Don’t you just love dogs?
Their sweet faces and wagging tails – nothing compares to the joy of having a best buddy for life!
Taking care of dogs requires understanding that they’re babies, no matter how old they are, and precautions must be taken to ensure their safety. One of the main hazards dogs suffer from are burns. These burns could be due to a kitchen accident, walking on a hot pavement, or even burns caused by hot liquids and electricity.
Now that summer is rolling around the corner, here’s how to treat dog sunburn at home.
Know That Dogs Can Get Sunburned
Your pup probably loves hanging out on the beach with you and your friends and loves those garden picnics you’ve got planned for Saturday morning.
But be aware, dogs are very susceptible to sunburns. In fact, prolonged sun exposure can lead to harmful burns and cancer.
Know Which Dogs Are Susceptible
Dogs with white fur or white skin under their fur are more likely to get sunburns. Dogs like Siberian Huskies or Russian Samoyeds have long hair which shouldn’t be shaved off during summer as tempting as it seems. The long hair protects their skin from getting scalded by sun exposure and keeps the heat burns at bay.
Hairless dog breeds like the Terrier, Chinese Crested, and Peruvian hairless dogs are susceptible to sunburns because they don’t have a protective coat.
What Are the Symptoms of Dog Sunburn?
Knowing how to identify sunburns on dogs is the first method of prevention.
Some basic symptoms of Dog Sunburn are:
- Leathery skin
- White patches
- Some blisters
- Red and tender skin around the eyes and ears and skin
- Crusty and dry nose
- Dry, curled or cracked ear tips
- Discoloration of skin
- Constant scratching and whimpering while doing so due to pain/discomfort
- Broken skin
- Signs of being in pain
Some other pointers to consider when diagnosing dog sunburn at home are:
- Superficial Burns: These only redden the skin of the top most layer; there’s no presence of blisters but are equivalent to first degree burns in humans.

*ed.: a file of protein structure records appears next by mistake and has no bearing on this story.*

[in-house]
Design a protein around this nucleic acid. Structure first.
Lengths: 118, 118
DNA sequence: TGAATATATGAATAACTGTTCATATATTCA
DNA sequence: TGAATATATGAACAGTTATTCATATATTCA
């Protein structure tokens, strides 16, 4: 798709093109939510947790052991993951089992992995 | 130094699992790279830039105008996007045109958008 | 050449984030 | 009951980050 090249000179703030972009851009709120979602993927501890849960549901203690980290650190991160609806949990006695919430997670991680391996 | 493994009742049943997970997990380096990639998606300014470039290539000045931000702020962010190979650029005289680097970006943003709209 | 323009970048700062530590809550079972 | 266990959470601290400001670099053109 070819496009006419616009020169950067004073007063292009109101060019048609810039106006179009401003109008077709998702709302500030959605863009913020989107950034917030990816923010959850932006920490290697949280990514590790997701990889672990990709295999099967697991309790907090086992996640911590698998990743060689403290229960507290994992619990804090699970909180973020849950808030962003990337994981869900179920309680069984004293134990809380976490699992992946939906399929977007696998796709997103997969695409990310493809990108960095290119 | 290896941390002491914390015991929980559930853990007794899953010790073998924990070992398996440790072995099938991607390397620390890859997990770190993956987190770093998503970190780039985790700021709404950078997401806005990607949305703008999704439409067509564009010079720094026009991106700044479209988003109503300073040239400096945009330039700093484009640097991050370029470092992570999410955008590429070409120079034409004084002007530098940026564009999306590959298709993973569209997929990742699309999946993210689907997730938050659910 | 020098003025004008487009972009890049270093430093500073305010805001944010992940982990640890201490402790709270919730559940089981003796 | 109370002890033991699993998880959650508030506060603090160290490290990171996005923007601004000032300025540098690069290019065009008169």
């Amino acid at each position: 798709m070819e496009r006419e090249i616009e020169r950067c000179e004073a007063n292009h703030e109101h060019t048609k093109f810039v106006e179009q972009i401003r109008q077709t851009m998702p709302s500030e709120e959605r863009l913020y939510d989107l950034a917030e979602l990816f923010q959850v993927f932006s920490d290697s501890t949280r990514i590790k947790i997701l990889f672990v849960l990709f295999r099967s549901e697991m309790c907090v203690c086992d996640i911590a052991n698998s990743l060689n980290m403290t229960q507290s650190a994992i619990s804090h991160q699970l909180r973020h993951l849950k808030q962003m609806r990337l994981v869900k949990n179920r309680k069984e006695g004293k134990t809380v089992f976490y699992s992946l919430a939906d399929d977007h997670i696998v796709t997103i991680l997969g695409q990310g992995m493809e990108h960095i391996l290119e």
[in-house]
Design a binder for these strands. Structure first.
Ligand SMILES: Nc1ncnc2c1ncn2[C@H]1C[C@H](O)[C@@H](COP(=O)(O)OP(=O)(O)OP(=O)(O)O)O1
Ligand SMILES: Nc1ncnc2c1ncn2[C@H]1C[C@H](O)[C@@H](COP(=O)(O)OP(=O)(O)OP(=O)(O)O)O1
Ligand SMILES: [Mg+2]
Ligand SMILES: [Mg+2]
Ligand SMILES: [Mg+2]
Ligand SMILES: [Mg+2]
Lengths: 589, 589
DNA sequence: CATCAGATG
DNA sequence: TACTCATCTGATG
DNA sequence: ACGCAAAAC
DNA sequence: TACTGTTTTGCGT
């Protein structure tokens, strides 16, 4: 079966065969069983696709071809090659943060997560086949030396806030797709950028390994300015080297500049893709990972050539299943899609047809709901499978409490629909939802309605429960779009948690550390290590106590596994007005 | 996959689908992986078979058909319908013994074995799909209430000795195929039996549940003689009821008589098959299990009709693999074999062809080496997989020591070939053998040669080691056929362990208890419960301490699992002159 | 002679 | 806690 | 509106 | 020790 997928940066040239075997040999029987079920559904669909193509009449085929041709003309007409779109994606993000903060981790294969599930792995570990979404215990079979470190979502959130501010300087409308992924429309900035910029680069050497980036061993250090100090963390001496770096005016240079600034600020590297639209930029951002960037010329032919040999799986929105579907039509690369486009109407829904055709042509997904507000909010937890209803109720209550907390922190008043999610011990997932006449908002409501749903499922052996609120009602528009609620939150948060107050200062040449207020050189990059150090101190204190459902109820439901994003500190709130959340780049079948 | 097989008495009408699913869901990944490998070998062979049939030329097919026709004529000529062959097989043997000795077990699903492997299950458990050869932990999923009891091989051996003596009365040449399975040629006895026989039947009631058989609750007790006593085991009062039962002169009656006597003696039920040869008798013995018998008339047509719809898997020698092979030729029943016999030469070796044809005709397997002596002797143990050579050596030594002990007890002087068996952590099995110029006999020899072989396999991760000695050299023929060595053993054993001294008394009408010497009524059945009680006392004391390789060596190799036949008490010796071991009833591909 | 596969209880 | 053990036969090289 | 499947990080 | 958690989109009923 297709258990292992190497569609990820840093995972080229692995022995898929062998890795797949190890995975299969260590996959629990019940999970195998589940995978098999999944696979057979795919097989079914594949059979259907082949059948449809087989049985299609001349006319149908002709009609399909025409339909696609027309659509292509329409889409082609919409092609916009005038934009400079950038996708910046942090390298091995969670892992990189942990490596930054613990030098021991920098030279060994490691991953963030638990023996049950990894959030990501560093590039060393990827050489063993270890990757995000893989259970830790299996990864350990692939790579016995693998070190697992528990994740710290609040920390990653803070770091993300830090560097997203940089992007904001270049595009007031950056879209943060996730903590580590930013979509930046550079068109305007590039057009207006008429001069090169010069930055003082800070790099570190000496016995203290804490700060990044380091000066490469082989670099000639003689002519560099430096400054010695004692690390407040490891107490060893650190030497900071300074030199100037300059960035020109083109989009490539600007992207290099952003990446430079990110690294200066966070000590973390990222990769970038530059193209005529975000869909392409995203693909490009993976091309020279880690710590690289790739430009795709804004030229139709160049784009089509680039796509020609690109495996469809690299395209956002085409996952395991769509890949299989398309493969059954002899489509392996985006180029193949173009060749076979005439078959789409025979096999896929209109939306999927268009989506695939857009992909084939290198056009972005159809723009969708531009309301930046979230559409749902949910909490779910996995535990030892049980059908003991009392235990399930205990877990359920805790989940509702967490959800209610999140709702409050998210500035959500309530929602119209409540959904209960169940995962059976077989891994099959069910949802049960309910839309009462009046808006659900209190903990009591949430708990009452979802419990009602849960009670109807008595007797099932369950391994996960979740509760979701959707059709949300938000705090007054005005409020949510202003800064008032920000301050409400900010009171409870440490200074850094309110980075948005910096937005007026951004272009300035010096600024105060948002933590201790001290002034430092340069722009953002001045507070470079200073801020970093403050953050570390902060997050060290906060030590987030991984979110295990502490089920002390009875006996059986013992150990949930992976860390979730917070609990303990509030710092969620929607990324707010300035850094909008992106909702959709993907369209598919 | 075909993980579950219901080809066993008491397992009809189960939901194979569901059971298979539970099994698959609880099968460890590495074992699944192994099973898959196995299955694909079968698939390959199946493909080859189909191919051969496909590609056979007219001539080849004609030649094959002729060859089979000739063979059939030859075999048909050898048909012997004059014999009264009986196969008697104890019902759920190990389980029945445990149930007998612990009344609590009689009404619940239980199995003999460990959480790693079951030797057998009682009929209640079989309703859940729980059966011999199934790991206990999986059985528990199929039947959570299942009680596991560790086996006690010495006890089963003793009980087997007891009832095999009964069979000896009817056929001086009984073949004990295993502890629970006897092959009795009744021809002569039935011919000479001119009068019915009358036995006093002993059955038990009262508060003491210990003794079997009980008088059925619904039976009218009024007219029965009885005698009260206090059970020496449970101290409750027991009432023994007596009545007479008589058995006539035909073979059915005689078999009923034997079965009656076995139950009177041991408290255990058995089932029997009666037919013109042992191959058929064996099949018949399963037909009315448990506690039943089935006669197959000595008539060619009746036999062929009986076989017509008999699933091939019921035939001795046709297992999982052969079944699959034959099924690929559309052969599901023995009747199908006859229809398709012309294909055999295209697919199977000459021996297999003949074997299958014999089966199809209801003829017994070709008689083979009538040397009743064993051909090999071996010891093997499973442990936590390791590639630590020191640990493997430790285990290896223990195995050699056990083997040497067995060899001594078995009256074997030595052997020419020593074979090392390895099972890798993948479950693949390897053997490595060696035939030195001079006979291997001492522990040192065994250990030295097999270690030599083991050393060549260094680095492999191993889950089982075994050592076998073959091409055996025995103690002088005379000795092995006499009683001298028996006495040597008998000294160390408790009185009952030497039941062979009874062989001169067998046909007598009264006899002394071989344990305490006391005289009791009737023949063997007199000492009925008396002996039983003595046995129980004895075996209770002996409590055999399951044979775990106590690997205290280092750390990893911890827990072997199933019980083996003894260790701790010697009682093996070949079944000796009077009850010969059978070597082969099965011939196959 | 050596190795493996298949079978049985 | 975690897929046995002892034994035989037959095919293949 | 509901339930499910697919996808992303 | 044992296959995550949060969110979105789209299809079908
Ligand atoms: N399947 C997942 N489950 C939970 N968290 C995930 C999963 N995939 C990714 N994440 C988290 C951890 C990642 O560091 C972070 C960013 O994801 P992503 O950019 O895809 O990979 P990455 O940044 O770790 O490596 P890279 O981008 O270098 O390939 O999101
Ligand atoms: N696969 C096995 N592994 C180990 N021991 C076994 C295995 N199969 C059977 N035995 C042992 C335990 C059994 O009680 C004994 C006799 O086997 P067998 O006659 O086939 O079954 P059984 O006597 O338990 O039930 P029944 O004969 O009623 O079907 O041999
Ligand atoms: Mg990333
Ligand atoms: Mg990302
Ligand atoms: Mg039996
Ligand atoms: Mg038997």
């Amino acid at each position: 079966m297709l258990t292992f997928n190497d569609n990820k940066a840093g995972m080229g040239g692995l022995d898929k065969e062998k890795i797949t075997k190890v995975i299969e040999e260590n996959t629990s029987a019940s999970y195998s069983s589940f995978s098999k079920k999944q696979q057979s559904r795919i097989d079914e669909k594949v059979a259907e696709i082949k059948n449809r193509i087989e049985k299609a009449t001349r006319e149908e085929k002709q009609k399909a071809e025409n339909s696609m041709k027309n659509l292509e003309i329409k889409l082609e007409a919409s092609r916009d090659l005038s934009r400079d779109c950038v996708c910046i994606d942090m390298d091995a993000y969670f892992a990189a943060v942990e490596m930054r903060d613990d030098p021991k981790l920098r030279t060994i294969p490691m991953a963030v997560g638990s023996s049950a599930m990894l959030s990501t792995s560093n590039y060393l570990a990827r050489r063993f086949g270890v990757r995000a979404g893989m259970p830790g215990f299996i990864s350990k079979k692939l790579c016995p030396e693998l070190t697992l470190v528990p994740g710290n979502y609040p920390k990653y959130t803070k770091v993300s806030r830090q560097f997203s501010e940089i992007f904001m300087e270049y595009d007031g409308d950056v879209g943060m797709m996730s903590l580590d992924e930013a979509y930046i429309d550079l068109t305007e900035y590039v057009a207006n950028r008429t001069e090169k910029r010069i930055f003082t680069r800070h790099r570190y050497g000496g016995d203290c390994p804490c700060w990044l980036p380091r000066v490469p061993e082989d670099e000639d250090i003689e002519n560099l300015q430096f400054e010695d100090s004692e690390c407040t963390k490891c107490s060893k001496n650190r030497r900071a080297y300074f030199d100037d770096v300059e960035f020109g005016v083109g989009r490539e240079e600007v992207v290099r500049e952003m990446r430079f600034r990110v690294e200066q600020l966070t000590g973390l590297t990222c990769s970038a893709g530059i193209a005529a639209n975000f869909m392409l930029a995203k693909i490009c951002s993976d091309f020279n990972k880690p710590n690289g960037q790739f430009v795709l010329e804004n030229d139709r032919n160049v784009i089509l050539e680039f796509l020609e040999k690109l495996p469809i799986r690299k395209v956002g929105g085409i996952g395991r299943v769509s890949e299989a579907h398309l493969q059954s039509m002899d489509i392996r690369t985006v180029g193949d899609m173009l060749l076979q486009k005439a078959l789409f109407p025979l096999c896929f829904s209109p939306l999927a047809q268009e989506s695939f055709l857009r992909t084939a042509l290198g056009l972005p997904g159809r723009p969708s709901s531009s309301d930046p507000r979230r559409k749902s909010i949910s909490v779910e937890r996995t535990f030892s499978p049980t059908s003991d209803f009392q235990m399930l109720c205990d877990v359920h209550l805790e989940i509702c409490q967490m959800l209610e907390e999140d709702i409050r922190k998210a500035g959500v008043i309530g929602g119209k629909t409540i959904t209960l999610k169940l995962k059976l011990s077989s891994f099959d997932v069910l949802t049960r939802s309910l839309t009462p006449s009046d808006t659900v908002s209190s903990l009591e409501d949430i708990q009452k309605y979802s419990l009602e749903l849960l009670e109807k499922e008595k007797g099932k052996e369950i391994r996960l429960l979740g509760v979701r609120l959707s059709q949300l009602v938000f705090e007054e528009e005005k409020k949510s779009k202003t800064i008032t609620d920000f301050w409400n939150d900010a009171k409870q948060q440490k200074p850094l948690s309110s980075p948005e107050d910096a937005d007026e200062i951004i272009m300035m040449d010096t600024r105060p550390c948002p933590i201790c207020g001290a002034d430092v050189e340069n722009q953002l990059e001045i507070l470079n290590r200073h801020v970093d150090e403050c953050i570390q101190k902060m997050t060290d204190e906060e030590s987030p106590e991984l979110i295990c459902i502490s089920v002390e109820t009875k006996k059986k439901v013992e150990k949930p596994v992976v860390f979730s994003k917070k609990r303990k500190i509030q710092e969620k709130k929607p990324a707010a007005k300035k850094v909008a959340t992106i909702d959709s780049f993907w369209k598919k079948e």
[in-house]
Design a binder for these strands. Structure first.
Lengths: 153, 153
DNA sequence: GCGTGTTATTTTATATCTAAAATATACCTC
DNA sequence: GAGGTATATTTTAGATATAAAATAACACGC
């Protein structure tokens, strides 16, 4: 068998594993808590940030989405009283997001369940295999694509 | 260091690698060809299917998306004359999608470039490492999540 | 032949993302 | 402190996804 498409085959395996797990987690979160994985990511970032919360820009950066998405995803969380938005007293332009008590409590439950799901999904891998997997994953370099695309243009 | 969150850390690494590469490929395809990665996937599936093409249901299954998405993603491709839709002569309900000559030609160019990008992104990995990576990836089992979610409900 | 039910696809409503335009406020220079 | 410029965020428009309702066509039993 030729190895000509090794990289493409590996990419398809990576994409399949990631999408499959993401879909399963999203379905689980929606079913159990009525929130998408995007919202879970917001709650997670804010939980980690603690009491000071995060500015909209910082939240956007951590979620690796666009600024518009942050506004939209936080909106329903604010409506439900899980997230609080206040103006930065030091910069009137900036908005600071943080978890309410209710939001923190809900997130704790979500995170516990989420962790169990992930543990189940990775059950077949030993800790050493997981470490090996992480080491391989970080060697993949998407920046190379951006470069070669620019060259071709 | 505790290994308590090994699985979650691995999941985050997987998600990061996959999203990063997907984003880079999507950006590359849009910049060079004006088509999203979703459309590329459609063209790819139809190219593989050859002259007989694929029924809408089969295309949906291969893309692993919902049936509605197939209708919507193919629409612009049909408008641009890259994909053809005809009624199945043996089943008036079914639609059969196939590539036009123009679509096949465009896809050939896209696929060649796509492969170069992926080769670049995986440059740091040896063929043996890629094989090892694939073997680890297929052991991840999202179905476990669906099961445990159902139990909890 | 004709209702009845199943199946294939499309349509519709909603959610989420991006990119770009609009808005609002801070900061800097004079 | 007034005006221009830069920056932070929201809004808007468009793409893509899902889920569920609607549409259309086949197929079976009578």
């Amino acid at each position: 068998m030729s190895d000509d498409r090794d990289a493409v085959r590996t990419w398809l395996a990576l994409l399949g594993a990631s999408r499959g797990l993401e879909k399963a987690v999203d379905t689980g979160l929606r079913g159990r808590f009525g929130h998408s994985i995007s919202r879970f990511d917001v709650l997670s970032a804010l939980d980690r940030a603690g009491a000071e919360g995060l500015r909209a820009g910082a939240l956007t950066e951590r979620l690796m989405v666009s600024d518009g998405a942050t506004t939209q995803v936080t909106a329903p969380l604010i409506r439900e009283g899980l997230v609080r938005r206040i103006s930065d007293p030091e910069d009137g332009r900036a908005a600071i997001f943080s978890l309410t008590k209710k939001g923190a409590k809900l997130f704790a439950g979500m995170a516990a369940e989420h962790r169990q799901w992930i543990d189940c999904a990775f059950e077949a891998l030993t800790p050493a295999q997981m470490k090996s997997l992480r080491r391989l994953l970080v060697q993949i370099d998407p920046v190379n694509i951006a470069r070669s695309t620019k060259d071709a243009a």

- Deep Partial Thickness Burn: These burns affect the top layer and extend deeper too. These burns can let you see through the burns to the deeper layers.
- Full Thickness Burn: As horrendous as third degree burns are, this kind of dog sunburn are quite severe, penetrating through to the tissue underneath the skin and requiring immediate help.
Treating Dog Sunburns at Home
Luckily, there are various ways to treat dog sunburn at home. In fact, these remedies are great to use quickly if there’s no access to a vet at the current time.
- Aloe Vera: The gel squeezed from the leaf of the aloe plant helps soothe inflamed skin. It’s recommended to be used up to three times a day.
- Witch Hazel: Applying this to the sun burnt area twice a day will help facilitate healing and soothe your dog’s skin while bringing down inflammation.
- Vitamin E Oil: Known to regenerate skin cells, a vitamin E capsule broken and dabbed onto the ears, nose, belly and reddened skin will help to soothe and heal your dog’s sunburn.
- Ice: Using ice or a bag of frozen peas to compress the affected area will help to cool down mild burns and subdue the pain.
- Oatmeal Soak: Soaking raw oatmeal in a bath and letting your dog play in that is a great way to soothe their paws and bellies which have been sun burnt.
- Over-the-counter Sprays: Solarcaine and Lanacane work as topical painkillers to relieve the pain of sunburns
How to Prevent Dog Sunburns
The weather can’t be defeated, so taking precautionary measures as temperatures rise is very important.
Remember that the most susceptible time of sunburn is from 9 a.m. to 3 p.m., depending on where you live; it’s better to change up your pup’s walking routine till cooler weather rolls around. It’s also a great idea to use child-safe SPF on sensitive areas like the nose, ears, paws and bellies if you can’t find a canine-friendly sunscreen. However, avoid sunscreen with zinc oxide!
Also, let your buddy roll around in a paddle pool of ice water every now and then to cool their skin after a long hot day at the beach or after a walk. It’s a great way to keep the burns and heat related problems at bay.
A Happy Summer Pup
Remember to take the precautionary measures this summer so your pup can enjoy this summer along with you!
However, be wary of your dog’s symptoms and keep in touch with a vet when necessary!